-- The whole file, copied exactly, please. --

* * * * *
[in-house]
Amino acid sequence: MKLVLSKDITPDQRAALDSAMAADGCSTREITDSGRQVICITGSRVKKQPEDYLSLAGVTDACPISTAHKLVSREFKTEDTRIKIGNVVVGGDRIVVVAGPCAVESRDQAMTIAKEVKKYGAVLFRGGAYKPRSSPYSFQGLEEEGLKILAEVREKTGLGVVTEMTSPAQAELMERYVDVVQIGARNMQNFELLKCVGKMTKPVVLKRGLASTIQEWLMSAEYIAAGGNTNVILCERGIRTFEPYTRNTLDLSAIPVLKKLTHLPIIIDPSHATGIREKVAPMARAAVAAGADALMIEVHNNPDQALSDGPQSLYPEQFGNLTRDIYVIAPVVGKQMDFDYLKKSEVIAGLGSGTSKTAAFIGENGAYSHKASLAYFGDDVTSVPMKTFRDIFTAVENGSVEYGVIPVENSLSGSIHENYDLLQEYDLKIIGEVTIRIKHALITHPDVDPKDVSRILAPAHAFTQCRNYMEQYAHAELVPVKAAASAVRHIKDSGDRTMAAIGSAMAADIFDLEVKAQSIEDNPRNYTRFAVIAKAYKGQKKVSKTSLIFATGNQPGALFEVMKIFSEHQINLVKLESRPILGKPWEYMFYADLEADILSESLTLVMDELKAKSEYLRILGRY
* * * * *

[in-house]
Amino acid sequence: MKLVLSKDITPDQRAALDSAMAADGCSTREITDSGRQVICITGSRVKKQPEDYLSLAGVTDACPISTAHKLVSREFKTEDTRIKIGNVVVGGDRIVVVAGPCAVESRDQAMTIAKEVKKYGAVLFRGGAYKPRSSPYSFQGLEEEGLKILAEVREKTGLGVVTEMTSPAQAELMERYVDVVQIGARNMQNFELLKCVGKMTKPVVLKRGLASTIQEWLMSAEYIAAGGNTNVILCERGIRTFEPYTRNTLDLSAIPVLKKLTHLPIIIDPSHATGIREKVAPMARAAVAAGADALMIEVHNNPDQALSDGPQSLYPEQFGNLTRDIYVIAPVVGKQMDFDYLKKSEVIAGLGSGTSKTAAFIGENGAYSHKASLAYFGDDVTSVPMKTFRDIFTAVENGSVEYGVIPVENSLSGSIHENYDLLQEYDLKIIGEVTIRIKHALITHPDVDPKDVSRILAPAHAFTQCRNYMEQYAHAELVPVKAAASAVRHIKDSGDRTMAAIGSAMAADIFDLEVKAQSIEDNPRNYTRFAVIAKAYKGQKKVSKTSLIFATGNQPGALFEVMKIFSEHQINLVKLESRPILGKPWEYMFYADLEADILSESLTLVMDELKAKSEYLRILGRY